How To Measure Training Effectiveness In Five Simple Steps

Indeed Editorial Team

Updated 16 September 2022

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Learning and development (L&D) are a part of an organisation's planned learning activities to improve the overall performance, competence and motivation of employees and to meet the organisational needs. By measuring training effectiveness, an organisation can better gauge their return on investment (ROI). Knowing how to measure training effectiveness can help you determine how well the employees are adapting to the training and determine how beneficial it is to them. In this article, we discuss how to measure training effectiveness along with different methods to measure it and explain the importance of doing so for an organisation.

How To Measure Training Effectiveness

Learning how to measure training effectiveness can help you make strategic decisions regarding the training in the future. Here is a simple step-by-step process you may follow to measure the effectiveness of your training programme accurately:

1. Define key performance indicators

Also known as KPIs, these are metrics that assess the result of strategic decisions. When you set KPIs, you give employees a goal that they may work towards. This further helps superiors evaluate the progress made during the specified period. If you decide on the KPIs before implementing the training programme, you are likely to notice tangible results. The KPIs you set typically require to be in alignment with the organisation's goals or at least departmental goals.

2. Pick the correct assessment method

Choosing the correct method of assessing a training's effectiveness is crucial in getting insightful data. Organisations generally give the assessment before and after the training. The first is to indicate a baseline and the second is to compare post-training results with the initial baseline. You can perform these assessments through different methods but some of the common ones include interviews, checklists, questionnaires and reviews from peers and superiors.

3. Track employee performance

Post-training evaluations are essential for continual improvement of the training process and employee performance. If the employee performs better after training, it means they have retained what they learned. You can ideally gather the insights a few weeks after training to understand if the employee is demonstrating the skills they learned. You can record this by having them use the skills they learned during training. If their approach to the task improves and shows a better outcome, you can consider the training to be successful.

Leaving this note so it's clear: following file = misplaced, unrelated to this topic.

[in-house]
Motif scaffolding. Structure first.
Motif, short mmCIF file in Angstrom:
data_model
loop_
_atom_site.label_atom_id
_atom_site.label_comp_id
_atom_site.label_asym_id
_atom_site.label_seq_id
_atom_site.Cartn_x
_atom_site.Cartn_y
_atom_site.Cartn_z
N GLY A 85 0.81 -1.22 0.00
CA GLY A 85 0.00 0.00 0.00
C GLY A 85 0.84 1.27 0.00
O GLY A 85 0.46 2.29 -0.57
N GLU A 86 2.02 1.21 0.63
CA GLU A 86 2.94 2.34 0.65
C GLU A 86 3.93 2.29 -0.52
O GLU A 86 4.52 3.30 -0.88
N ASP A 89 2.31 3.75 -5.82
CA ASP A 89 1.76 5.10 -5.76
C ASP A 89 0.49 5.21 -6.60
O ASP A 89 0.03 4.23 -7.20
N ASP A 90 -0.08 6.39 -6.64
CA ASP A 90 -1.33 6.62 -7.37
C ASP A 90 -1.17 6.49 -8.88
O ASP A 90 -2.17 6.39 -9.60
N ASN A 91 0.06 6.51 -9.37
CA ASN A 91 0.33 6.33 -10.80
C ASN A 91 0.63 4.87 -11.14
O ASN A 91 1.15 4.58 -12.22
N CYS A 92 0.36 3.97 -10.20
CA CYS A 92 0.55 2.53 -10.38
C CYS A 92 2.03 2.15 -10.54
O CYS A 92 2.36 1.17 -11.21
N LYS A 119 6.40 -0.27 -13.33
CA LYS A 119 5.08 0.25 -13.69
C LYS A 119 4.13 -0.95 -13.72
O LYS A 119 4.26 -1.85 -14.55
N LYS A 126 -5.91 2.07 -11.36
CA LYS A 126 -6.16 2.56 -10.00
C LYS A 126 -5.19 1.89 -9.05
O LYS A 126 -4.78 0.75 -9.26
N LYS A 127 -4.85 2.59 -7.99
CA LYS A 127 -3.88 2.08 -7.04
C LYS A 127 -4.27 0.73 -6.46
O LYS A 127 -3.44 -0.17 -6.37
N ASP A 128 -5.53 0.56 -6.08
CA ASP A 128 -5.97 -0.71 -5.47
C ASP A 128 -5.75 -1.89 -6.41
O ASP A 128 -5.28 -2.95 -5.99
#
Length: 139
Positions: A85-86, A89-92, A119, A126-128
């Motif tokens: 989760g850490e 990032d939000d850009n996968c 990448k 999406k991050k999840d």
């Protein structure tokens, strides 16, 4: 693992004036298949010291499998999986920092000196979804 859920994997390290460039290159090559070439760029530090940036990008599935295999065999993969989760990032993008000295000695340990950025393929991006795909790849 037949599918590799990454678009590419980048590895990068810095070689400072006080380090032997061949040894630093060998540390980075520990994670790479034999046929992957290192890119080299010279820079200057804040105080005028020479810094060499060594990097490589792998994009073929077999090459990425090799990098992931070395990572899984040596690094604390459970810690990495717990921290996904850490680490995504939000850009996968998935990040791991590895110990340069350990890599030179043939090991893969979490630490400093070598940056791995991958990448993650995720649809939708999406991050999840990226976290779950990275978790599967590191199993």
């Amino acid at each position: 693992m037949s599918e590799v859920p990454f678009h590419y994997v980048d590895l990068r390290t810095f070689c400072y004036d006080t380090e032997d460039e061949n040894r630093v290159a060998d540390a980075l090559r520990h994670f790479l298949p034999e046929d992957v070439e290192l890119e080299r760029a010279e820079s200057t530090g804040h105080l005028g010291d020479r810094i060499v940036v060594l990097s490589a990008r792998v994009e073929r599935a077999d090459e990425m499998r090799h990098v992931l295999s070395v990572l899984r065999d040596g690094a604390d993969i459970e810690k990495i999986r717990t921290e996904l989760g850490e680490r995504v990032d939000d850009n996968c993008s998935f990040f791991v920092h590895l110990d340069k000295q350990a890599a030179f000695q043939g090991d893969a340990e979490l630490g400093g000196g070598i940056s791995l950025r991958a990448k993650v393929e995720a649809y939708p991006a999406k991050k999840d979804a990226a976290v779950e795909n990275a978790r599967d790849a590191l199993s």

Related: 10 Human Performance Tools You Can Use In The Workplace

4. Observe continued learning

The best training programmes are ones that do more than simply teach employees new skills. It is important to observe them after they have been trained to understand if they are independently working towards improving learned competencies. Post-training observation is a key aspect of training effectiveness because it can help you discover if the training programme itself lacked in certain areas or if there were elements that may be continued in future programmes. By identifying training issues and finding resources for overcoming them, you can help ensure the employees are able to benefit the most from their training.

Related: How To Motivate Employees: 18 Steps For Workplace Success

5. Share feedback

Speaking with current employees and asking them to give feedback on the training they have received is a great way to help managers understand how well employees are learning. Ask open-ended questions and allow them to answer in writing, which can facilitate responses that are expansive and more likely actionable. You can then apply their feedback to improve the training programme.

Related: A Step By Step Guide On How To Give Feedback (With Examples)

What Is Training Effectiveness?

Training effectiveness is the measurement of knowledge gained by employees during the course of training. In a training and development programme, employees are educated on subjects in their domain. During this course, trainers aim to improve existing skill sets or teach new ones to keep the employees updated on current developments. HR personnel or team leaders usually conduct these sessions when they notice gaps in certain competencies of the employees. These agendas typically align with the organisation's overarching goals so that the employee can cope with the demands of the role.

To consider a training programme effective, here are the criteria they may meet. Here are the three most significant ones:

  • Employees can apply the knowledge they gain through the training to their roles.

  • There is an improvement in work performance after the completion of the training.

  • There is a noticeable increase in the company's ROI.

Related: What Is Training And Development? (With Benefits And Steps)

Methods To Measure Training Effectiveness

There are a few common methods organisations use to measure training effectiveness. These include:

Kirkpatrick's four-level training evaluation

This is a globally recognised model that assesses a training programme based on four levels. These include: